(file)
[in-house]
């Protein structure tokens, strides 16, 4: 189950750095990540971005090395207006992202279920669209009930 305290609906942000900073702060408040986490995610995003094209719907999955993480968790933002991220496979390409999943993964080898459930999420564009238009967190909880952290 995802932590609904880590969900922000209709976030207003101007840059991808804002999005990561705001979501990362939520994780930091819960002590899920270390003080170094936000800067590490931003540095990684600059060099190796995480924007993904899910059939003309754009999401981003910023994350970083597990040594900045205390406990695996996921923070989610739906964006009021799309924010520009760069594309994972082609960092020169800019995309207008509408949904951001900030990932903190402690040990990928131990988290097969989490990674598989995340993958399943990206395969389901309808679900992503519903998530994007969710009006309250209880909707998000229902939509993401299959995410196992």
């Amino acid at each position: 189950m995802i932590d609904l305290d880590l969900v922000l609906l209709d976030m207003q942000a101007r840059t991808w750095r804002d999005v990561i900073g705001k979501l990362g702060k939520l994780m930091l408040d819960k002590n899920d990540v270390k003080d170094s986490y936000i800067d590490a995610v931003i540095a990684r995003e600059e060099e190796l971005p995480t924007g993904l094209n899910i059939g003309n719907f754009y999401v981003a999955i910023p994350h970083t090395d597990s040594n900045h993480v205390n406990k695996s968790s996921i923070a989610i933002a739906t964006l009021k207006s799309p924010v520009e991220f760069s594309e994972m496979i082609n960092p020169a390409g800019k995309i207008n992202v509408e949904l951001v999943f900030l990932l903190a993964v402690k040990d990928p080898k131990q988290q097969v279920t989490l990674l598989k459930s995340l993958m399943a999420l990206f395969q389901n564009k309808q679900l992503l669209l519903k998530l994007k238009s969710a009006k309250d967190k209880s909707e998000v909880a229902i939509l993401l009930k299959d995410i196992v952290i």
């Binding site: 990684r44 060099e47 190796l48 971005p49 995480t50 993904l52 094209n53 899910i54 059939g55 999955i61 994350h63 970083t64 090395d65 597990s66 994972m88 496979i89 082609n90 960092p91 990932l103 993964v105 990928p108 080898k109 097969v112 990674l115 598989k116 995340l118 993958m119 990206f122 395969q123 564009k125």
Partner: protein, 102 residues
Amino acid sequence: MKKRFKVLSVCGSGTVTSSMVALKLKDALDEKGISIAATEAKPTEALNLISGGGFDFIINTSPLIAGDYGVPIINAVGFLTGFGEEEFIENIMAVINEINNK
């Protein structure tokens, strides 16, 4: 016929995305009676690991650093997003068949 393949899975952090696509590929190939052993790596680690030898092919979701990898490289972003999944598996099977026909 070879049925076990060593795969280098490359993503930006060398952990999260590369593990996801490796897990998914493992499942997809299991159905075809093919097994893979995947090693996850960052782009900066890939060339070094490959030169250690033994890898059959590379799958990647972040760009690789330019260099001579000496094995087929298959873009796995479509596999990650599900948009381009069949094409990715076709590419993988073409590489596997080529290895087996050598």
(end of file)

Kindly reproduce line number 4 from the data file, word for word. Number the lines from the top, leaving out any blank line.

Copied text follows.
């Binding site: 990684r44 060099e47 190796l48 971005p49 995480t50 993904l52 094209n53 899910i54 059939g55 999955i61 994350h63 970083t64 090395d65 597990s66 994972m88 496979i89 082609n90 960092p91 990932l103 993964v105 990928p108 080898k109 097969v112 990674l115 598989k116 995340l118 993958m119 990206f122 395969q123 564009k125």